Your Own, Sylvia draws on Plath’s writing and extensive nonfiction sources, chronicling Hemphill’s interpretation of Plath’s life from infancy to her death by suicide at age 30. The poems are arranged chronologically and each conveys an experience in Plath’s life told via the voice and perspective of family members, friends, doctors, fellow writers, etc.—as interpreted by Hemphill. Each poem is accompanied by an addendum that further explains the factual circumstances of that poem’s subject. The book also includes an Author’s Note, some photos, a section describing the source material for each poem, and suggestions for further reading.
An Excerpt fromYour Own, Sylvia
If the moon smiled, she would resemble you.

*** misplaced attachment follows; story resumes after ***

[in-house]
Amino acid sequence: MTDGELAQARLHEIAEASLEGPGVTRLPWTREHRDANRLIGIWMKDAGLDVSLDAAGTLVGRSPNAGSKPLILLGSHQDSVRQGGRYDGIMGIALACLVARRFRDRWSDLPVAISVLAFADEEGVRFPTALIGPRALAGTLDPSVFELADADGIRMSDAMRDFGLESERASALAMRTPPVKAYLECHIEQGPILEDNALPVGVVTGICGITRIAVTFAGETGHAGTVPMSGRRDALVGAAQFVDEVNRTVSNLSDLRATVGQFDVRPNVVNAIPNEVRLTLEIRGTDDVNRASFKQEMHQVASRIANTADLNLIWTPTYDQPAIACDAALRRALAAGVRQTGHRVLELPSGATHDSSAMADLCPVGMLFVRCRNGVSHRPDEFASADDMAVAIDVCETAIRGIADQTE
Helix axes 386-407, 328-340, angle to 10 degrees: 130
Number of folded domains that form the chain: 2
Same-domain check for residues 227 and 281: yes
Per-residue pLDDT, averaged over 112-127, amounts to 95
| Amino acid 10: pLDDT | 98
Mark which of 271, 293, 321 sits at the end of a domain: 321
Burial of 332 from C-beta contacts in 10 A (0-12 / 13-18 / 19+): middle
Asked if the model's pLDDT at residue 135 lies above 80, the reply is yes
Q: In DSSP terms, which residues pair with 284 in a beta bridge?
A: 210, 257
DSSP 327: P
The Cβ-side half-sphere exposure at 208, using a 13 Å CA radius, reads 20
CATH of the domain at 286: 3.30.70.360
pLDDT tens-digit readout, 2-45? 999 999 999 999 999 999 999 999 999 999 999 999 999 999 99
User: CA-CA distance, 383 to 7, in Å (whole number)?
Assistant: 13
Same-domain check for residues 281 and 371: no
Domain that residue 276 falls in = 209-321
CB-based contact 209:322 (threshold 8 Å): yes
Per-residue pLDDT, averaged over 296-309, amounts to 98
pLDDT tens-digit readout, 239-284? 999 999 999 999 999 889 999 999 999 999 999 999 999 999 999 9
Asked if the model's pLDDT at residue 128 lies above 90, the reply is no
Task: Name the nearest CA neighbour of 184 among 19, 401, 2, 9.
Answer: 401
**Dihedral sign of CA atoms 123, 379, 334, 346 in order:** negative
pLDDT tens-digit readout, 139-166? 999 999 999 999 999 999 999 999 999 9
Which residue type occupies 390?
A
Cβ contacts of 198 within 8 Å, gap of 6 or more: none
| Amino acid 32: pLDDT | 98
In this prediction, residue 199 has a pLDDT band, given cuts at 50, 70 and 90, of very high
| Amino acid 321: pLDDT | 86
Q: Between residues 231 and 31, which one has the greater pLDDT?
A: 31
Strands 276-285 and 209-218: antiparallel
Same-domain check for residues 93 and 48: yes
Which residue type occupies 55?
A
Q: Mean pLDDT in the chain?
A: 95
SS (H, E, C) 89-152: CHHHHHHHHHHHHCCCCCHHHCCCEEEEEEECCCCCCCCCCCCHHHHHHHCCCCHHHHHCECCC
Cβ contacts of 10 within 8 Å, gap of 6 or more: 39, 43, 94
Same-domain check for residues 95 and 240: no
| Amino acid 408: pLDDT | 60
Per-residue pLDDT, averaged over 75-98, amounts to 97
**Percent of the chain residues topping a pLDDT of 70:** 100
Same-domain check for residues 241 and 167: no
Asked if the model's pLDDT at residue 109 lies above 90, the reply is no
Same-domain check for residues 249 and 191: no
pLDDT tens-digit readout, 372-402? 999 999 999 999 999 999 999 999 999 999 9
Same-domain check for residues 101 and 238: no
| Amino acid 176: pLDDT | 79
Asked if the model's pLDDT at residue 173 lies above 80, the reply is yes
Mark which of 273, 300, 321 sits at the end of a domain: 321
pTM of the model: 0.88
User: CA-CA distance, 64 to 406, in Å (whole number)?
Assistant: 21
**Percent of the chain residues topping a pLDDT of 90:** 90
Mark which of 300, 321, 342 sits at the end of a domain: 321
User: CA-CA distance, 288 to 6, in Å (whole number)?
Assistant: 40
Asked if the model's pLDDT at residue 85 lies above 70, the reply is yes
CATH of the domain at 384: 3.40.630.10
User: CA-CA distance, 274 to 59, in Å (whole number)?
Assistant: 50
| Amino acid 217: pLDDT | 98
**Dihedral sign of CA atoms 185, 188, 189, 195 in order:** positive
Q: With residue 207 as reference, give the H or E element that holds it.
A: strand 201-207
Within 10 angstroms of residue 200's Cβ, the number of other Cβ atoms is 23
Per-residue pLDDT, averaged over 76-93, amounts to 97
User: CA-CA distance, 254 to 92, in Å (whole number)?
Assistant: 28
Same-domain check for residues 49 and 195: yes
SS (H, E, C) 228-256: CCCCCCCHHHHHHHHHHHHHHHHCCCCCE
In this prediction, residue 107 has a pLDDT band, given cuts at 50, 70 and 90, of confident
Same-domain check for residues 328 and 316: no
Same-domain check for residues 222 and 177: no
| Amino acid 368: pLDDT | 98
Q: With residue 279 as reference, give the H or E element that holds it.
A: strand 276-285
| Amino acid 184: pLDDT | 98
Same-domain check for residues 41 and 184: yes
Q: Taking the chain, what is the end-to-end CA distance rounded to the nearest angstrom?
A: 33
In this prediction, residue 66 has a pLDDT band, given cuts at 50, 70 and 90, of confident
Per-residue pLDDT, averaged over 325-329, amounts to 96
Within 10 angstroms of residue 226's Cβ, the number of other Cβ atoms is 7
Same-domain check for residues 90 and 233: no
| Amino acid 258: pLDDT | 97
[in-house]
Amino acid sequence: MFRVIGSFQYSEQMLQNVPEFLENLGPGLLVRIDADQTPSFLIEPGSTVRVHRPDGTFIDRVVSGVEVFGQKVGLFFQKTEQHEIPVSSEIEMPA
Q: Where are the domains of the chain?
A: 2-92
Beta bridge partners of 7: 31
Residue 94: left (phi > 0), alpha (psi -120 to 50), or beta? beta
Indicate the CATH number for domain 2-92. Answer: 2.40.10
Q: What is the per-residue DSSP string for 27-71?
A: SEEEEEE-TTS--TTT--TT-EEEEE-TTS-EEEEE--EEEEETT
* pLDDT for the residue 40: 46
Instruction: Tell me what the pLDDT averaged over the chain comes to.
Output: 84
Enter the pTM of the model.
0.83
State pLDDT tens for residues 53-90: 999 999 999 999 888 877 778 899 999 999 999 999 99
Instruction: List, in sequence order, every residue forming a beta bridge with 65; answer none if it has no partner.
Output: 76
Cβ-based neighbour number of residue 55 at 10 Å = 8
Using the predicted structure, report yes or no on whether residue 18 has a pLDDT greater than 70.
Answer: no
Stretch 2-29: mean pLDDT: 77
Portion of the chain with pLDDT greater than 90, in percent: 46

You leave the same impression
Of something beautiful, but annihilating.
-from "The Rival" by Sylvia Plath
Who are you, Sylvia Plath?
A cold comet locked in place by gravity?
A glint in the cracked ceiling above my bed?
Something shimmers out of your chasm.
Your language feels like words
trapped under my tongue
that I can't quite spit out on my own.
Readers tremble over your pages,
believe you spell out
letter by letter
the words of their hearts.
What's your secret, Sylvia?
Are you the moon?
Or have you become bigger than that?
Are you the sun?
And I wonder,
who can possess the stuff of the sky?
Sylvia Plath signed many letters she wrote to her mother "Your own, Sivvy."
"The Rival" appears in Plath's famous poetry collection, Ariel.